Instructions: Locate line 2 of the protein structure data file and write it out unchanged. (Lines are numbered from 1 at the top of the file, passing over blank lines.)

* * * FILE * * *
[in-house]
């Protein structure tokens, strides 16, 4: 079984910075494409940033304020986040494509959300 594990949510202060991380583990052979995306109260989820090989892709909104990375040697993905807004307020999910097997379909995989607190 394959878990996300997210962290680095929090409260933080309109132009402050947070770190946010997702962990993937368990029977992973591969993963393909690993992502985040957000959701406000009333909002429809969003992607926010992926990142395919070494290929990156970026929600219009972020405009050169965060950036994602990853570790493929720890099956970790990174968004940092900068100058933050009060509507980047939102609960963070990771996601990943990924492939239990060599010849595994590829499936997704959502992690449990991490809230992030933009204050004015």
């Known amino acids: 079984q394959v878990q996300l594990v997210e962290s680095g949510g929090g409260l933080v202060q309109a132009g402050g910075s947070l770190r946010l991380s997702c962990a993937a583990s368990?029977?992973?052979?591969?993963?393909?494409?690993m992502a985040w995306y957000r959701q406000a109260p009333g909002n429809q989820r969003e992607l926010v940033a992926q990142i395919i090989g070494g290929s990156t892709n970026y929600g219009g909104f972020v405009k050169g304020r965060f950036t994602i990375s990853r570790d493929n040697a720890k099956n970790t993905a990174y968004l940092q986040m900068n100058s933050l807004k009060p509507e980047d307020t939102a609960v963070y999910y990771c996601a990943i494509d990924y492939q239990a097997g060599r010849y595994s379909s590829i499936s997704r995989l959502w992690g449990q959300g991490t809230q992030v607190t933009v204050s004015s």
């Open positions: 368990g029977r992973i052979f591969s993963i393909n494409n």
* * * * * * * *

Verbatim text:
């Protein structure tokens, strides 16, 4: 079984910075494409940033304020986040494509959300 594990949510202060991380583990052979995306109260989820090989892709909104990375040697993905807004307020999910097997379909995989607190 394959878990996300997210962290680095929090409260933080309109132009402050947070770190946010997702962990993937368990029977992973591969993963393909690993992502985040957000959701406000009333909002429809969003992607926010992926990142395919070494290929990156970026929600219009972020405009050169965060950036994602990853570790493929720890099956970790990174968004940092900068100058933050009060509507980047939102609960963070990771996601990943990924492939239990060599010849595994590829499936997704959502992690449990991490809230992030933009204050004015």